<binding name="netMsmq" deadLetterQueue="Custom" customDeadLetterQueue="net.msmq://localhost/private/sampledeadletter">

While non-dispatchable messages are moved into the dead letter queue, poison messages are handled a little differently. After the retry logic has been exhausted, the poison message is routed according to the setting indicated in the receiveErrorHandling attribute:

<binding name="netMsmq" receiveErrorHandling="Fault">

Table 1 outlines the possible values for the receiveErrorHandling attribute.

Table 1. Values for the receiveErrorHandling Attribute
Setting Description
Drop The message will simply be removed and ignored. The message is lost.
Fault A fault is sent to the queue manager. No further messages will be processed until the faulted message is removed from the queue.
Move The message will be moved into a sub-queue named "poison." (Available in MSMQ 4 only)
Reject A rejection is sent to the queue manager and the message is placed into the dead letter queue. (Available in MSMQ 4 only)

Notice that "Move" and "Reject" are available only in MSQM 4, which ships with Windows Vista and Windows Server 2008. If receiveErrorHandling is set to "Move," WCF will automatically create a poison sub-queue and move the message into it.

Table 2 provides a quick overview of the attributes you can use to configure NetMsmqBinding. It is by no means a complete list; it merely reviews the key points covered so far.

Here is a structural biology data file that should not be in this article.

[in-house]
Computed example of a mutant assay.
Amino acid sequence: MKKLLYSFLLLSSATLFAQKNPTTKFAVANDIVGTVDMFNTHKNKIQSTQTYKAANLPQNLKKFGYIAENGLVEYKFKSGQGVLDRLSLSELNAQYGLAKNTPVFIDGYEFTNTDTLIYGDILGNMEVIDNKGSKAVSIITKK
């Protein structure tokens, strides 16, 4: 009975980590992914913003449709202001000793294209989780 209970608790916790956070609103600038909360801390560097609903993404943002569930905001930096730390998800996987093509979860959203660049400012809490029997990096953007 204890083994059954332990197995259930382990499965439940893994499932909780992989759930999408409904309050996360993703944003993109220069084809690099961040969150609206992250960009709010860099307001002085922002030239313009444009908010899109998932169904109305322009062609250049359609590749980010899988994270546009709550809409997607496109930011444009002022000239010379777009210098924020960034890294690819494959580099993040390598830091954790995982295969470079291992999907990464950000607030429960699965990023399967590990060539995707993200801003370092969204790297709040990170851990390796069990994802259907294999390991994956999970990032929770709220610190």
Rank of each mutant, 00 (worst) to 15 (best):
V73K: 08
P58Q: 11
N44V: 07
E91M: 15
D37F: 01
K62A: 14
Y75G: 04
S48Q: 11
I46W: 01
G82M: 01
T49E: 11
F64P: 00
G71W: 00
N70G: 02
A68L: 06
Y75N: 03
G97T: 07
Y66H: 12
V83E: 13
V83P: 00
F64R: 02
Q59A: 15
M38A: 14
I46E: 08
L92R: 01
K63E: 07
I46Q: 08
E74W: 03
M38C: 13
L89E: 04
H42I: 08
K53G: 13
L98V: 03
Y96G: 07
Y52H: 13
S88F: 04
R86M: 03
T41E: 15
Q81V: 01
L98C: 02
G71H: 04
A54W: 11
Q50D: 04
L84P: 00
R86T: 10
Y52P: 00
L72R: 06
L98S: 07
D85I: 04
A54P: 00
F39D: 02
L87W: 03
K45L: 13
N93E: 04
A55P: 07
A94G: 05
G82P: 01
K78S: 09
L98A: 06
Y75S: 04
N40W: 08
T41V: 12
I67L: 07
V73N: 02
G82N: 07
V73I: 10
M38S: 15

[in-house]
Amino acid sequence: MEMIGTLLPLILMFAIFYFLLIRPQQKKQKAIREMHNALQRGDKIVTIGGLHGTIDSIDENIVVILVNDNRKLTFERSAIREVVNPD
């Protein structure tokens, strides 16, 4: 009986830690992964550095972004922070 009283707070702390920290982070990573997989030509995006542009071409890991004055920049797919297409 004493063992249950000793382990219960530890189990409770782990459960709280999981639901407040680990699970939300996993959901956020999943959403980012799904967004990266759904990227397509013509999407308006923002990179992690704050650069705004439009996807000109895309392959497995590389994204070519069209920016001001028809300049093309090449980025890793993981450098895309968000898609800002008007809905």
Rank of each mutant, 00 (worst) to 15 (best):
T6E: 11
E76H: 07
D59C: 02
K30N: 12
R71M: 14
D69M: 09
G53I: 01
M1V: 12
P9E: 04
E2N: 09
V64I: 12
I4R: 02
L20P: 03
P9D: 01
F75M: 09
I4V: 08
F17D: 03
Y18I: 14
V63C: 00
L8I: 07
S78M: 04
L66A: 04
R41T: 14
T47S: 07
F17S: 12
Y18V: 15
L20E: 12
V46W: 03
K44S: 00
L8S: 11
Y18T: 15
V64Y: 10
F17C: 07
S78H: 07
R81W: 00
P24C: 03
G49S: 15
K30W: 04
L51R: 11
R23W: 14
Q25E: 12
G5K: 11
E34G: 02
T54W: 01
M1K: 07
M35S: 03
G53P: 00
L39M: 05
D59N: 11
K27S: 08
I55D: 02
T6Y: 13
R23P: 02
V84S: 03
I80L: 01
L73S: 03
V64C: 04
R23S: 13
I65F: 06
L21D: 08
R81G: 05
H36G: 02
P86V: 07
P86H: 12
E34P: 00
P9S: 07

Table 2. Overview of Settings for NetMsmqBinding
Setting Description
receiveErrorHandling Tells WCF/MSMQ how to deal with poison messages. The default value is "Fault."
receiveRetryCount Indicates how many times a poison or non-dispatchable message should be retired after an initial failure. The default value is 5.
maxRetryCycles Default is 2.
timeToLive Indicates the maximum amount of time a message can sit in a queue waiting to be delivered to a target service. This value supersedes all retry logic. The default value is 1 day.
deadLetterQueue Informs WCF/MSMQ how dead messages should be handled. The default value is "System."
customDeadLetterQueue Targets an application-specific queue to hold dead messages. The default is "null."
exactlyOnce Indicates that each message should be processed only one time. The default value is "true."

The Benefits of WCF and MSMQ Integration

Adding MSMQ via the NetMsmqBinding to your WCF-based service does add complexity, but any challenges from that complexity are greatly outweighed by the benefits:
  • Increased robustness
  • Decreased coupling
  • Message durability
  • Greater scalability

All these can be had with little or no additional code. This is another example of how WCF makes leveraging the features of the platform simple and frees the developer to concentrate on the business.

Steve Stefanovich has spent over a decade with RDA Corporation as a developer and principal architect focusing on custom application development using Microsoft .Net and SharePoint technologies. Steve is a frequent contributor to RDA's Architecture and Collaboration blogs.